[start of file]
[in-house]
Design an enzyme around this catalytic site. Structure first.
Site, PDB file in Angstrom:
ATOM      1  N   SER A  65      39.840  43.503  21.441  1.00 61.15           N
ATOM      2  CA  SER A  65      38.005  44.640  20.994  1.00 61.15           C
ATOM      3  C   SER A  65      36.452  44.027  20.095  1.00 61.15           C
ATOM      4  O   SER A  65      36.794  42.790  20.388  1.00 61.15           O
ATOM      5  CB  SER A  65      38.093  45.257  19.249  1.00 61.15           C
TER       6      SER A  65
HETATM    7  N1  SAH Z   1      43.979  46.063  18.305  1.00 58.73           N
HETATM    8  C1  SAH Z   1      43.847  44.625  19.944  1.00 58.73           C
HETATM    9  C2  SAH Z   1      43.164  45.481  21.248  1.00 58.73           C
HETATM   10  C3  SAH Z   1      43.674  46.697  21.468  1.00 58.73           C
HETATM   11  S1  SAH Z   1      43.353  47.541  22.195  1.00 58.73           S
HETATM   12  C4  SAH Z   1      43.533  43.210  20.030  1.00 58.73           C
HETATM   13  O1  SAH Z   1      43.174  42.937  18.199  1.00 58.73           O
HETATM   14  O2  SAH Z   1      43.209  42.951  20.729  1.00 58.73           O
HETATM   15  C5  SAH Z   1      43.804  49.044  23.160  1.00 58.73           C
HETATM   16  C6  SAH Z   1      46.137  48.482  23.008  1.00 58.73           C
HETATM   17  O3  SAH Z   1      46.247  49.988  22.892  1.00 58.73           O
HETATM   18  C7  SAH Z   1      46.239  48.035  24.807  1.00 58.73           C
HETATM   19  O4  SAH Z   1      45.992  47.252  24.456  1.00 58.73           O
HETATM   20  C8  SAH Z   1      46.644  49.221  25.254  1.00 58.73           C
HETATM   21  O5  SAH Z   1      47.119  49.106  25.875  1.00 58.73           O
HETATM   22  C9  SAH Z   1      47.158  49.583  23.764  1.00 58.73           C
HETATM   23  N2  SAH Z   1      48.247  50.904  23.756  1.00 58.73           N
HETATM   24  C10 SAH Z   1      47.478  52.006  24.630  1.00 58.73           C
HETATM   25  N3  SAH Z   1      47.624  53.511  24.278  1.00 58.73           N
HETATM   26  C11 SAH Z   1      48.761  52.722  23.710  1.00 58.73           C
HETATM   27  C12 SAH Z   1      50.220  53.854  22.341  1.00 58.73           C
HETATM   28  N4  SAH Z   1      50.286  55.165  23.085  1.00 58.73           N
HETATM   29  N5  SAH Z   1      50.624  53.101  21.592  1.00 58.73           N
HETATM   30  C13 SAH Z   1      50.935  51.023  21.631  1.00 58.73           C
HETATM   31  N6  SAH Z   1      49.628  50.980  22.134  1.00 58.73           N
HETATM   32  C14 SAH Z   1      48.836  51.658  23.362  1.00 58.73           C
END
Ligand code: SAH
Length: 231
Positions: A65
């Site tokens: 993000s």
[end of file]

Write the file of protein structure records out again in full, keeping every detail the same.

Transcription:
[in-house]
Design an enzyme around this catalytic site. Structure first.
Site, PDB file in Angstrom:
ATOM      1  N   SER A  65      39.840  43.503  21.441  1.00 61.15           N
ATOM      2  CA  SER A  65      38.005  44.640  20.994  1.00 61.15           C
ATOM      3  C   SER A  65      36.452  44.027  20.095  1.00 61.15           C
ATOM      4  O   SER A  65      36.794  42.790  20.388  1.00 61.15           O
ATOM      5  CB  SER A  65      38.093  45.257  19.249  1.00 61.15           C
TER       6      SER A  65
HETATM    7  N1  SAH Z   1      43.979  46.063  18.305  1.00 58.73           N
HETATM    8  C1  SAH Z   1      43.847  44.625  19.944  1.00 58.73           C
HETATM    9  C2  SAH Z   1      43.164  45.481  21.248  1.00 58.73           C
HETATM   10  C3  SAH Z   1      43.674  46.697  21.468  1.00 58.73           C
HETATM   11  S1  SAH Z   1      43.353  47.541  22.195  1.00 58.73           S
HETATM   12  C4  SAH Z   1      43.533  43.210  20.030  1.00 58.73           C
HETATM   13  O1  SAH Z   1      43.174  42.937  18.199  1.00 58.73           O
HETATM   14  O2  SAH Z   1      43.209  42.951  20.729  1.00 58.73           O
HETATM   15  C5  SAH Z   1      43.804  49.044  23.160  1.00 58.73           C
HETATM   16  C6  SAH Z   1      46.137  48.482  23.008  1.00 58.73           C
HETATM   17  O3  SAH Z   1      46.247  49.988  22.892  1.00 58.73           O
HETATM   18  C7  SAH Z   1      46.239  48.035  24.807  1.00 58.73           C
HETATM   19  O4  SAH Z   1      45.992  47.252  24.456  1.00 58.73           O
HETATM   20  C8  SAH Z   1      46.644  49.221  25.254  1.00 58.73           C
HETATM   21  O5  SAH Z   1      47.119  49.106  25.875  1.00 58.73           O
HETATM   22  C9  SAH Z   1      47.158  49.583  23.764  1.00 58.73           C
HETATM   23  N2  SAH Z   1      48.247  50.904  23.756  1.00 58.73           N
HETATM   24  C10 SAH Z   1      47.478  52.006  24.630  1.00 58.73           C
HETATM   25  N3  SAH Z   1      47.624  53.511  24.278  1.00 58.73           N
HETATM   26  C11 SAH Z   1      48.761  52.722  23.710  1.00 58.73           C
HETATM   27  C12 SAH Z   1      50.220  53.854  22.341  1.00 58.73           C
HETATM   28  N4  SAH Z   1      50.286  55.165  23.085  1.00 58.73           N
HETATM   29  N5  SAH Z   1      50.624  53.101  21.592  1.00 58.73           N
HETATM   30  C13 SAH Z   1      50.935  51.023  21.631  1.00 58.73           C
HETATM   31  N6  SAH Z   1      49.628  50.980  22.134  1.00 58.73           N
HETATM   32  C14 SAH Z   1      48.836  51.658  23.362  1.00 58.73           C
END
Ligand code: SAH
Length: 231
Positions: A65
């Site tokens: 993000s």